Emirati fine art photographer and mother of four Lamya Hussain Gargash. Image Credit: Supplied

Dubai: Lamya Hussain Gargash is a fine art photographer. She has a vast body of work to her credit and they invariably focus on spaces. Spaces that are void of humans, yet evoke humanness.

A mother of four, the 1982-born Emirati, who incidentally lets on that she was born on 11/11, considers herself a “through and through Scorpio”.

“Ever since childhood, I have been fascinated with the arts and music. However, these skills were not considered a profession, rather a side hobby. It never crossed even my mind that I could be a working artist,” she says candidly.

Having grown up in an old neighborhood in Hamriyah, Deira, her early life shaped the artist in her.

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Blue Purple Chair: A photograph by Lamya Gargash that brings back a flood of recollections. Her works are currently on display at The Third Line Gallery in Dubai. Image Credit: The Third Line.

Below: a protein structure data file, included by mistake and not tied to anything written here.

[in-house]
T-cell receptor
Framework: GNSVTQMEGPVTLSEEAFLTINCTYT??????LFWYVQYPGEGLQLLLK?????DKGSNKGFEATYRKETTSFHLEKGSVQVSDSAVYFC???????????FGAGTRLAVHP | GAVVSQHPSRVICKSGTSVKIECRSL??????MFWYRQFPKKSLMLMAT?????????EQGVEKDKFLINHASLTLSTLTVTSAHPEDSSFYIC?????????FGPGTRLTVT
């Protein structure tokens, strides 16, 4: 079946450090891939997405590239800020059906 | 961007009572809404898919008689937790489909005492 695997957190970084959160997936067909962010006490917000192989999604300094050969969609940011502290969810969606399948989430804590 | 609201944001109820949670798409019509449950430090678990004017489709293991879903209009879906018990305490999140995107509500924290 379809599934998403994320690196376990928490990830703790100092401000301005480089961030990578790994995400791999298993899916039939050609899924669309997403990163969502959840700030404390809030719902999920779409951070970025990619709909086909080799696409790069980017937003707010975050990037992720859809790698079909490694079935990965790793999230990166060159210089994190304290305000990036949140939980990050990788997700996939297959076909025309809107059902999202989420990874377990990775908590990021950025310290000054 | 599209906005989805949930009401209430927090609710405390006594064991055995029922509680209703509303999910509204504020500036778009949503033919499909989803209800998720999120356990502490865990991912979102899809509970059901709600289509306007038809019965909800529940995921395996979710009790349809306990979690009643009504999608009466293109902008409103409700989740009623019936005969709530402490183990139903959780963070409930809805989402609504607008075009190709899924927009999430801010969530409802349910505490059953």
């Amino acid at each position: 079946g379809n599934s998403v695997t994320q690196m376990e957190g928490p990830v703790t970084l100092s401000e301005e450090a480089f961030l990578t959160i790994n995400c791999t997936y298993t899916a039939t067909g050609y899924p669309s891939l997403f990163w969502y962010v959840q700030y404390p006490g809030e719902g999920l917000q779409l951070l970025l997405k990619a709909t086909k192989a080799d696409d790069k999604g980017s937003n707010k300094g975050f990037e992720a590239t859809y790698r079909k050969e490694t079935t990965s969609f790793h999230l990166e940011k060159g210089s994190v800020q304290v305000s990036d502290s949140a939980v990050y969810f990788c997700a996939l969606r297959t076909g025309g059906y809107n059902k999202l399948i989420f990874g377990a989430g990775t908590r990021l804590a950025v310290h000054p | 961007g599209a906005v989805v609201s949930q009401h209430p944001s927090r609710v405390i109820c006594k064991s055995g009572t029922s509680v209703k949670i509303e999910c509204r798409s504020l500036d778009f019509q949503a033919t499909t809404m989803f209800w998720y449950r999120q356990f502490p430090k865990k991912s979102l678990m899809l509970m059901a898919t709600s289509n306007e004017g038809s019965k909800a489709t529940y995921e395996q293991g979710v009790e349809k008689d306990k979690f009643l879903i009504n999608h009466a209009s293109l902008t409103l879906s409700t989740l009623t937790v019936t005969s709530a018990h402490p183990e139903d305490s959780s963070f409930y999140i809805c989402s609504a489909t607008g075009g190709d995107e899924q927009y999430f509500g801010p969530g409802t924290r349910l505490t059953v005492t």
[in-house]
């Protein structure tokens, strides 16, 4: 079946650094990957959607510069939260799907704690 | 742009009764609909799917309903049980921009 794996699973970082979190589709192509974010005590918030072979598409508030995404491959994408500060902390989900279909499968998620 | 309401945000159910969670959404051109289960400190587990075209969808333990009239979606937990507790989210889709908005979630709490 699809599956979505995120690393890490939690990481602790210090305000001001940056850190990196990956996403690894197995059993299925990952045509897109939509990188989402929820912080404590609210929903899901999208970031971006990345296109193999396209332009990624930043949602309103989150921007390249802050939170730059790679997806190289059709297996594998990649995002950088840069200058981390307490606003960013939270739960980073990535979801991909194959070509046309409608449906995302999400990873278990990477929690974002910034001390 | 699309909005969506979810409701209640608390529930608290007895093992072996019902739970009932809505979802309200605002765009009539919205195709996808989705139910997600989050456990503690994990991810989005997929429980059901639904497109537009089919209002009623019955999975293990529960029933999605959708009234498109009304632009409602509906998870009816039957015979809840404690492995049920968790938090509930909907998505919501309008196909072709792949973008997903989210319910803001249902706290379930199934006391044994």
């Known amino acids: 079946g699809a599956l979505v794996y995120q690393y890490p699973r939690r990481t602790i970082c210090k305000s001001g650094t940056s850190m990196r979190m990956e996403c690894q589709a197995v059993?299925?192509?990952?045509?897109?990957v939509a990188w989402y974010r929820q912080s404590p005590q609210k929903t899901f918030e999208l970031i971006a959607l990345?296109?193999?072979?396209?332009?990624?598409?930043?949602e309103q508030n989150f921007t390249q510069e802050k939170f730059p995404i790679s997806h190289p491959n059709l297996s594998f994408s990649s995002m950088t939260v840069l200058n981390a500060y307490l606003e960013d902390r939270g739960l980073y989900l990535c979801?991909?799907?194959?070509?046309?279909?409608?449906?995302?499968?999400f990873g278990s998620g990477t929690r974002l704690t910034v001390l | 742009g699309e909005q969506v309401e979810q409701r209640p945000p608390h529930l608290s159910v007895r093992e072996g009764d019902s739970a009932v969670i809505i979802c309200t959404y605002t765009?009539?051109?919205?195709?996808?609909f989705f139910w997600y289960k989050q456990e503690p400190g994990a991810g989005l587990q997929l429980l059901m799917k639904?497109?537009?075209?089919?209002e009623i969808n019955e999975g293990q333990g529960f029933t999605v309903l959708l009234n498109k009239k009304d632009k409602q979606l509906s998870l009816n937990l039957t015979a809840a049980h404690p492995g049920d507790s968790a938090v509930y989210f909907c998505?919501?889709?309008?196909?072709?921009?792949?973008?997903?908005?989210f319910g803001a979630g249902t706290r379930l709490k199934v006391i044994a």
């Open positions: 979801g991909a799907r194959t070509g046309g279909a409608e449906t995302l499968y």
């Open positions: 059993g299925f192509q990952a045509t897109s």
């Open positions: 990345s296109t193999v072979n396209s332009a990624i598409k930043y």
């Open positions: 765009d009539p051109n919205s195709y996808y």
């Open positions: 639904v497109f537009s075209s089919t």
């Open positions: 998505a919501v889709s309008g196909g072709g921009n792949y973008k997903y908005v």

“Most Emirati families I knew resided in the same area; it was quaint, and we were a community. We went to the same school and shopped in the same mini-marts, and overall, the vibes were warm and welcoming. We all knew each other, and that is something that I find lacking now – the intimacy and familiarity,” she says.

“Like most Emirati families, we lived in a family compound encompassing the villas of my immediate family, my grandparents, my great grandmother and my uncle.

The essence of my work has always been my past experiences and the living spaces I grew up in,” she adds.

Lamya, who went on to do her BA in visual communication at the American University in Sharjah in 2004 and a postgraduate degree in communication design/ photography from Central Saint Martins College of Art and Design in London, says she documents spaces as “a homage to my home, my city, my country.”

Her visuals appear as if her lens were trained on abandoned spaces. But that’s not quite the story. As she explains, “It is not the concept of abandonment which intrigues me. It’s the existence of a human narrative in space without a human figure’s physical presence. We live at a time where everything goes by super-fast, and we fail to recognise the beautiful moments and the details of the everyday.”